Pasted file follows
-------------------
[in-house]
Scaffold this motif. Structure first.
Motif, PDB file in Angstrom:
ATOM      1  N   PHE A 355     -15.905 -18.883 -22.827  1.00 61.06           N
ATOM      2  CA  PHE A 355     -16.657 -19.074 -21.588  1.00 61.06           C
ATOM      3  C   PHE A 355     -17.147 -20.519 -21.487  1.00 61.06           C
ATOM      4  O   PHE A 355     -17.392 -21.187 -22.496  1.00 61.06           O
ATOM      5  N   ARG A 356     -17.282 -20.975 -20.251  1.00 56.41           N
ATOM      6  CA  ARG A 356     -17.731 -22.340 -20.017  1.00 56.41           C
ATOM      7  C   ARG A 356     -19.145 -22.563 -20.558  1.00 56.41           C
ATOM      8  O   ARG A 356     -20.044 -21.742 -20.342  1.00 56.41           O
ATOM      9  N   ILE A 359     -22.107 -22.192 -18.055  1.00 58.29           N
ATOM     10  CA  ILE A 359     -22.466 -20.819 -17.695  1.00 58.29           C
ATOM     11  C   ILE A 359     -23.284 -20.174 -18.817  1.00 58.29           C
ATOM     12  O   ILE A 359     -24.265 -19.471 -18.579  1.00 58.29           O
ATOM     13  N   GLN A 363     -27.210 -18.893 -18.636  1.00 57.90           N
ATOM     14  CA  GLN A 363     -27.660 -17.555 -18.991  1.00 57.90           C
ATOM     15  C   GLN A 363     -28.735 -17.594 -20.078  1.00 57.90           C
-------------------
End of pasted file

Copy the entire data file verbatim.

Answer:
[in-house]
Scaffold this motif. Structure first.
Motif, PDB file in Angstrom:
ATOM      1  N   PHE A 355     -15.905 -18.883 -22.827  1.00 61.06           N
ATOM      2  CA  PHE A 355     -16.657 -19.074 -21.588  1.00 61.06           C
ATOM      3  C   PHE A 355     -17.147 -20.519 -21.487  1.00 61.06           C
ATOM      4  O   PHE A 355     -17.392 -21.187 -22.496  1.00 61.06           O
ATOM      5  N   ARG A 356     -17.282 -20.975 -20.251  1.00 56.41           N
ATOM      6  CA  ARG A 356     -17.731 -22.340 -20.017  1.00 56.41           C
ATOM      7  C   ARG A 356     -19.145 -22.563 -20.558  1.00 56.41           C
ATOM      8  O   ARG A 356     -20.044 -21.742 -20.342  1.00 56.41           O
ATOM      9  N   ILE A 359     -22.107 -22.192 -18.055  1.00 58.29           N
ATOM     10  CA  ILE A 359     -22.466 -20.819 -17.695  1.00 58.29           C
ATOM     11  C   ILE A 359     -23.284 -20.174 -18.817  1.00 58.29           C
ATOM     12  O   ILE A 359     -24.265 -19.471 -18.579  1.00 58.29           O
ATOM     13  N   GLN A 363     -27.210 -18.893 -18.636  1.00 57.90           N
ATOM     14  CA  GLN A 363     -27.660 -17.555 -18.991  1.00 57.90           C
ATOM     15  C   GLN A 363     -28.735 -17.594 -20.078  1.00 57.90           C